Here's a simple guide to finding the right product about Retinol can transform your skin

As one of the newest retinoids on the market, it doesn't have a wide range of applications, but Medik8 Crystal Retinal is a good choice for this ingredient and is available in 5 graduated strengths.

Retinol: Retinol is often used as a general term for retinoids because it is the best-known and most common product in various strengths and over-the-counter products. "The conversion of retinol to retinoic acid requires two steps," says Dr. Bunting.

"With every step you take, you lose potency, so it's a gentler beast compared to tretinoin."Although it's not as effective as prescription retinoids, retinol is known to increase collagen production and even out skin tone.

When using retinol, you should generally start with a strength between 0.1% and 0.2%, depending on your skin Tolerance level increased to 1%. Retinyl Ester (Retinyl Palmitate): A very mild retinoid, perfect for those with sensitive skin or those who are new to retinol.

Retinoid concentration determines the effectiveness of your product. "The rule of thumb is to start with the lowest percentage and work your way up to make sure your skin adapts to it," advises Dr. Ewoma. "After a while (maybe weeks or months), you'll notice that you can't really see a difference in your skin.

The product is still effective, but now it's time to switch to something more powerful." See Bigger benefit. " Shipping methods also vary greatly. Look for words like "encapsulated," "drone," or "sustained-release technology" on the packaging as these can help buffer the retinoid from penetrating into the skin in gentler formulas, or deliver the ingredients via a drip , to last for a period of time. for a longer period of time. When should you start using retinol?

While there's no set time to use retinoids, most dermatologists recommend adding this ingredient to your skin care routine starting in your twenties, especially if you suffer from acne or hyperpigmentation. If you're late to the party, it doesn't mean you can't make it; People of all ages recognize the benefits of using retinol to some extent.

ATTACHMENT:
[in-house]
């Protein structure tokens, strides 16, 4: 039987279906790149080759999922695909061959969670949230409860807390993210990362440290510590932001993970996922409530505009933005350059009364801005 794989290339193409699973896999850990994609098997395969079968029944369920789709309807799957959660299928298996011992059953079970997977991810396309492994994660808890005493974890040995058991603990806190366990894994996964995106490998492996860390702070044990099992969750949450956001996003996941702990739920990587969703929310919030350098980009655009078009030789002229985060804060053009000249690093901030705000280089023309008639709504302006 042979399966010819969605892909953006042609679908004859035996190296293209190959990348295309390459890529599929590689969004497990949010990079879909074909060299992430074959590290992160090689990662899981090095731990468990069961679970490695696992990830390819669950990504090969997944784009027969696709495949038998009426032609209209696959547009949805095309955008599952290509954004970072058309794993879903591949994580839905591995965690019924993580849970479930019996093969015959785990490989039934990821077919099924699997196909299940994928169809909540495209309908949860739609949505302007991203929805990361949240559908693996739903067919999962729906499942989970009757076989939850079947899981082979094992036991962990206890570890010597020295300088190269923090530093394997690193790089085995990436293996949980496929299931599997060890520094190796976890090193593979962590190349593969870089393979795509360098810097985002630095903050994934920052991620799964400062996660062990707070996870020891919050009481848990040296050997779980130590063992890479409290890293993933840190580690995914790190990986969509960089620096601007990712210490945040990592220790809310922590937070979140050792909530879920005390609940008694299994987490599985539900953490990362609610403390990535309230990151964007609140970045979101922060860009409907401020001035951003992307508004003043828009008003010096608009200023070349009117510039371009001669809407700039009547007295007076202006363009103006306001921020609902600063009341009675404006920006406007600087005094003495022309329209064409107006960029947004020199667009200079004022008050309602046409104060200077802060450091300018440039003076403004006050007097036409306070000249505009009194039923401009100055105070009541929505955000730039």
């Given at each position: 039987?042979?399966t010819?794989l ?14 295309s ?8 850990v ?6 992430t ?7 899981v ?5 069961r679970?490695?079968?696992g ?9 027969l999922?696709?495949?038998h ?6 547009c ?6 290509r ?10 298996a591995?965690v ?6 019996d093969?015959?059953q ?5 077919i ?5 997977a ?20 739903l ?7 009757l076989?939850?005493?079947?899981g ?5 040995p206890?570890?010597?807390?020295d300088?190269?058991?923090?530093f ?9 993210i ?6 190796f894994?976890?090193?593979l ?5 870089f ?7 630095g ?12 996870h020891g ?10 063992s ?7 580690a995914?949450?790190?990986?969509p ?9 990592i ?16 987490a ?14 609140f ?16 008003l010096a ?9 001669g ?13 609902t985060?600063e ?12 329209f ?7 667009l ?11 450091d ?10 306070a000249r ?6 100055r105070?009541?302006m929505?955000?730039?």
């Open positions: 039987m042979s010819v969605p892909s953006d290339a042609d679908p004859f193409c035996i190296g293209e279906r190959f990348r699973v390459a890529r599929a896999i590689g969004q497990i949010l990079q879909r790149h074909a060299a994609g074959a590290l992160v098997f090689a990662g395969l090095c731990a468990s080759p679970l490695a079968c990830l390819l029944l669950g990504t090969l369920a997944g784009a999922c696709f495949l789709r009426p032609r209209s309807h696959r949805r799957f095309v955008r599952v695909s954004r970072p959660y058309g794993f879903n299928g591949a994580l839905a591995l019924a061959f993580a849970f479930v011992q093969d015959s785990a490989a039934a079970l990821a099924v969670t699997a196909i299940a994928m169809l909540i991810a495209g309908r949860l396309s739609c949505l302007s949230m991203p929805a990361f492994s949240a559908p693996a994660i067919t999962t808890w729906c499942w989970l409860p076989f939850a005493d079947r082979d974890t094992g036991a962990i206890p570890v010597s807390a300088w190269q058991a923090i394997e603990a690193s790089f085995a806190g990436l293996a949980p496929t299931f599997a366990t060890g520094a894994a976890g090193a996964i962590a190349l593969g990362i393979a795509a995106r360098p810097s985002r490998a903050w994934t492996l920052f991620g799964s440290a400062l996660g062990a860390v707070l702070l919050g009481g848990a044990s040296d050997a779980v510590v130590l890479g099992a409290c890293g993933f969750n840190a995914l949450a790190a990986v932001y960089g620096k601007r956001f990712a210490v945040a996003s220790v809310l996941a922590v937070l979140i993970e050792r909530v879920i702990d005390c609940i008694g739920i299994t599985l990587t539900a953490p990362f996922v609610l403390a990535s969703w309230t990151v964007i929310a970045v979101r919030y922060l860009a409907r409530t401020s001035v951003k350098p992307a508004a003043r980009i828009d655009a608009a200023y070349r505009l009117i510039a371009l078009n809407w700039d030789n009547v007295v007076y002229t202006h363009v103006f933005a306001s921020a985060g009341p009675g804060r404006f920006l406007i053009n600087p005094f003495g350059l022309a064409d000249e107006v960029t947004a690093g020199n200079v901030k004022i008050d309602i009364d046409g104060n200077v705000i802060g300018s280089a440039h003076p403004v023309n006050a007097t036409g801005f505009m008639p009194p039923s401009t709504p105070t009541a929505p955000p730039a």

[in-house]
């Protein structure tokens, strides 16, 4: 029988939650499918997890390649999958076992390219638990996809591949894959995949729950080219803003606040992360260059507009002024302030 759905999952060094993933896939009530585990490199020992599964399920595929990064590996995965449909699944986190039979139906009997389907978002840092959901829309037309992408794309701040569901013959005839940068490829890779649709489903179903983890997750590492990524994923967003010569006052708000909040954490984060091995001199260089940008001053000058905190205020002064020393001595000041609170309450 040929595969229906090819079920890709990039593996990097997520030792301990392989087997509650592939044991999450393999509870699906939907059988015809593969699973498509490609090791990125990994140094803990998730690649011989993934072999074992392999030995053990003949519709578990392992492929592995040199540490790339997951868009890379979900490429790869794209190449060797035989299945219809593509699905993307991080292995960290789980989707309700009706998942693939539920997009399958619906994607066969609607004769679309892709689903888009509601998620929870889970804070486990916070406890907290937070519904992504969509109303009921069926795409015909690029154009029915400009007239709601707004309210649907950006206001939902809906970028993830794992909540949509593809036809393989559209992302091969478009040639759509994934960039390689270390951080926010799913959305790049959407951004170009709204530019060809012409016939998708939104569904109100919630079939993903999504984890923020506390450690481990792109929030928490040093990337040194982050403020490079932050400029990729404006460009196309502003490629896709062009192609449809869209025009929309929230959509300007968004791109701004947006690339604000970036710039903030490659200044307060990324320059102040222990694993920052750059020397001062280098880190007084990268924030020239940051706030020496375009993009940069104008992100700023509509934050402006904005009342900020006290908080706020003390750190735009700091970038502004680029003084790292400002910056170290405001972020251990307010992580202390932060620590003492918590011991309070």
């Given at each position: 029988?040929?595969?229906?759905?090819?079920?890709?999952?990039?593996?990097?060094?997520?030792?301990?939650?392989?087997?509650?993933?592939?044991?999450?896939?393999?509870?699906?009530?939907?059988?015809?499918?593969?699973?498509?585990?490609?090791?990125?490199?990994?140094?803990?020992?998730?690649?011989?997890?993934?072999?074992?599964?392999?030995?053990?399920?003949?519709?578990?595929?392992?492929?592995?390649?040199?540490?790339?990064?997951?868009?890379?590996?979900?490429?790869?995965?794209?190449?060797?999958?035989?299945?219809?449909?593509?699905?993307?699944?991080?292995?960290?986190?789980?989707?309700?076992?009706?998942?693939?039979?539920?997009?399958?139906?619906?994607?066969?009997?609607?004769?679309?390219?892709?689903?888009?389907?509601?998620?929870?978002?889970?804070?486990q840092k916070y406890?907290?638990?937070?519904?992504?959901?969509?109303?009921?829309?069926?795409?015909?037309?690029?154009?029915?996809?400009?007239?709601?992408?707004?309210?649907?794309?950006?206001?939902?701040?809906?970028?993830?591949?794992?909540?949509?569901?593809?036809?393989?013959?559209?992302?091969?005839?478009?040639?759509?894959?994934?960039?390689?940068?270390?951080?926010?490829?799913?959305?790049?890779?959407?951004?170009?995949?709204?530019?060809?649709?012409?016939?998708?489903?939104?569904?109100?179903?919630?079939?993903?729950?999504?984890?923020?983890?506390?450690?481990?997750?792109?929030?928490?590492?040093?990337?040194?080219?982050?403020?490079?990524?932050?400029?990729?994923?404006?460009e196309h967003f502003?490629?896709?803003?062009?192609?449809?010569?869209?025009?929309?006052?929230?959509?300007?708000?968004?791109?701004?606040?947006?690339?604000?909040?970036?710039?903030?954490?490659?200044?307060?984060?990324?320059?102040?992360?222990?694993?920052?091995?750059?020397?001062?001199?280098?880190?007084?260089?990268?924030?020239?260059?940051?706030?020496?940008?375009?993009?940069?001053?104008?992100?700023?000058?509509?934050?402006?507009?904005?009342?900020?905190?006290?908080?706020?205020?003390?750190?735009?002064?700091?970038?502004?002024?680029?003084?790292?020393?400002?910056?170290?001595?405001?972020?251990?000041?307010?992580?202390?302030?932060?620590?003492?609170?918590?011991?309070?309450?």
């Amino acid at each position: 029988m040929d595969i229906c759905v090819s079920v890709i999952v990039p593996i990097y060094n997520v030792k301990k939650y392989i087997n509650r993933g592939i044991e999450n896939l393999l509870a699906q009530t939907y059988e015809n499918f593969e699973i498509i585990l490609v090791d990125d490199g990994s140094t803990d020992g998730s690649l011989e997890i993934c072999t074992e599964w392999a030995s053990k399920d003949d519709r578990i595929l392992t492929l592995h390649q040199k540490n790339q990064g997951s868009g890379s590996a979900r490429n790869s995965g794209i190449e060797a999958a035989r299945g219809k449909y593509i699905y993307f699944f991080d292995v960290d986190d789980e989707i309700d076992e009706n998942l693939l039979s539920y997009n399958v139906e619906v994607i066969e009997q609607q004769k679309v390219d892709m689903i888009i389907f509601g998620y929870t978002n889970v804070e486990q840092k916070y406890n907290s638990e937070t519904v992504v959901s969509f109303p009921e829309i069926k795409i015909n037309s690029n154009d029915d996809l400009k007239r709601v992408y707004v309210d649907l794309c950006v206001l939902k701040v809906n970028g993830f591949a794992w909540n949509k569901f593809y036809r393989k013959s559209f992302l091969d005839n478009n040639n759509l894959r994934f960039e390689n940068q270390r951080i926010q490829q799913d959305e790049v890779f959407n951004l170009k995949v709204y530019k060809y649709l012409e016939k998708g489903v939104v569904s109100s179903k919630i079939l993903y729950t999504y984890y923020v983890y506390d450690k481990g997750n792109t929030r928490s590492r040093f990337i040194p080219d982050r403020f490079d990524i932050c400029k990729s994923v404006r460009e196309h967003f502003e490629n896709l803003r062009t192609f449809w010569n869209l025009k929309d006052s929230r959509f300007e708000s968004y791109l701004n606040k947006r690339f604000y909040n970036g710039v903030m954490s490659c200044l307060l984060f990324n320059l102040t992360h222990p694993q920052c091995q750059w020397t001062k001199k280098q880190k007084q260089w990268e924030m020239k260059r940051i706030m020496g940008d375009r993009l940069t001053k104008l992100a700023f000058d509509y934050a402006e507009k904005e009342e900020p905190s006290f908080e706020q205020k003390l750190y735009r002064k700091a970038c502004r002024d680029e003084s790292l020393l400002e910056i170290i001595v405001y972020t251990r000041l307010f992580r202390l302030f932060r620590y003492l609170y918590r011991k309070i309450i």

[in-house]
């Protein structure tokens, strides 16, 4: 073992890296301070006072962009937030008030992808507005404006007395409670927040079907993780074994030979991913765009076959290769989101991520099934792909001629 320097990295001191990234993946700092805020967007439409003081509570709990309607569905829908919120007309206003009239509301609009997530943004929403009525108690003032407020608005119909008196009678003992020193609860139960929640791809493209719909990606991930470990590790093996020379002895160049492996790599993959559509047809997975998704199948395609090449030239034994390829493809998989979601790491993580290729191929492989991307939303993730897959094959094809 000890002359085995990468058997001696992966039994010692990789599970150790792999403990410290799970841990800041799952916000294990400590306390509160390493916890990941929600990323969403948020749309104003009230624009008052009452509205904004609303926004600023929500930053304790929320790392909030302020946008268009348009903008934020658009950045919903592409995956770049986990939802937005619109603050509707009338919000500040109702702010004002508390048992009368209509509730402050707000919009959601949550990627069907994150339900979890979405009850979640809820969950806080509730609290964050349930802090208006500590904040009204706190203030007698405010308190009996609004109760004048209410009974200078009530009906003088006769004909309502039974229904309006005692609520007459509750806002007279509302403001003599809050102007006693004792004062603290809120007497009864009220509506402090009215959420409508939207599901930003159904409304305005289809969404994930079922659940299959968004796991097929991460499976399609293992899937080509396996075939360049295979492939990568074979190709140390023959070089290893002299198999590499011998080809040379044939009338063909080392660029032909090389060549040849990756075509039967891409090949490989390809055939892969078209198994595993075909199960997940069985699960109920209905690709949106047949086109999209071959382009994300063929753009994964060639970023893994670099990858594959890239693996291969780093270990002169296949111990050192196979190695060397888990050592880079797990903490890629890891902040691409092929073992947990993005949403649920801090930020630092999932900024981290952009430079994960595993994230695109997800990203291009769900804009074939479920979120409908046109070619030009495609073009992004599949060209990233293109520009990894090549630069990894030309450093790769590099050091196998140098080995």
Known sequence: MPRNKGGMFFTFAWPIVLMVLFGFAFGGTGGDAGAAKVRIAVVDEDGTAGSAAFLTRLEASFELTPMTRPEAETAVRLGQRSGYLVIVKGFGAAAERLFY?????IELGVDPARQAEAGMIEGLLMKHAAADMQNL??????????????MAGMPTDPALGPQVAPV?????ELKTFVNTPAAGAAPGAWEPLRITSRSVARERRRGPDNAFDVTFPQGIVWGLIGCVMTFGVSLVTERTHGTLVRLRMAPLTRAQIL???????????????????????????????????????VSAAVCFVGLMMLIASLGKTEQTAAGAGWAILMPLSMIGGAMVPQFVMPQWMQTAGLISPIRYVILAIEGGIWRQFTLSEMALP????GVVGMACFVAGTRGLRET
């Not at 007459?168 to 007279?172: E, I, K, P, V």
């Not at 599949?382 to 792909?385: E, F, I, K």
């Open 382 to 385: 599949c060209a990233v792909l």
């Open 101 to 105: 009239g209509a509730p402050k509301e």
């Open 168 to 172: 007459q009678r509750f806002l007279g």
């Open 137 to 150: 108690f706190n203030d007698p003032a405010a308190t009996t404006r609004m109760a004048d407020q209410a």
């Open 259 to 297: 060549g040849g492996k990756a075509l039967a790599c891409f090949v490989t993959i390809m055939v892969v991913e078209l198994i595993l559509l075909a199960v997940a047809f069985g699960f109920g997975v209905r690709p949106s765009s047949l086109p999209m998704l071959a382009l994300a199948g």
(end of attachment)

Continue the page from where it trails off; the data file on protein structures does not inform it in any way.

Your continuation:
How to use retinol? If you're wondering if you can use retinol every day, the answer is yes, but there's a caveat. Building a tolerance may be a bit of a headache at first, but it's important to gradually incorporate retinol into your skincare routine to avoid unwanted side effects, such as redness, flaking, and soreness.

"If you've never used retinol before, start by using it once or twice a week and then increase the frequency to a level you feel comfortable with, preferably every day or every other day," stresses Dr. Alexandride's consistency is key to achieving your skin goals. When mixed with other active ingredients, Dr. Ewoma: "From my perspective, it's possible.

However, if you're new to the retinol game, don't mix some vitamin C and some retinol at the same time Mix it all over your face. This is the fastest way to burn your face. However, if you are an experienced skin enthusiast and are confident that your skin is reasonably elastic, you could theoretically combine them," she continued Adds: "When combining serums, you want to make sure they complement each other and address the same skin concerns ."

What are the side effects of retinol? Retinoids are suitable for everyone. If you suffer from rosacea, eczema or psoriasis, it's best to avoid retinol as it can be too harsh on skin that needs a gentle touch - in any case it can cause inflammation, dryness and sensitivity Strengthen sensitive complexes.

"Retinol overdose can easily occur," adds Dr. Just because a product says to use it every day and every night doesn't mean you should. Listen to what your skin can tolerate. " Typically, these side effects only last a few weeks until the skin adjusts to the ingredients.

However, new technology has helped overcome some of the problems. Brands like Murad, La Roche Posay and No7 are working on developing smart delivery systems and buffers, like encapsulated retinol, to deliver ingredients seamlessly into the skin without causing irritation. Granular active retinol is a new kid on the block, and it's making a splash because it doesn't have the nasty ingredients that retinol does (more on that below).

What is the difference between granular retinol and regular retinol? Granactive Retinol or Hydroxypinazone Retinoate (HPR for short) is a popular new retinol alternative that people with reactive or sensitive skin rely on. Because it is essentially an ester of retinoic acid, unlike retinol, it works immediately and does not need to be converted by our skin cells to work.

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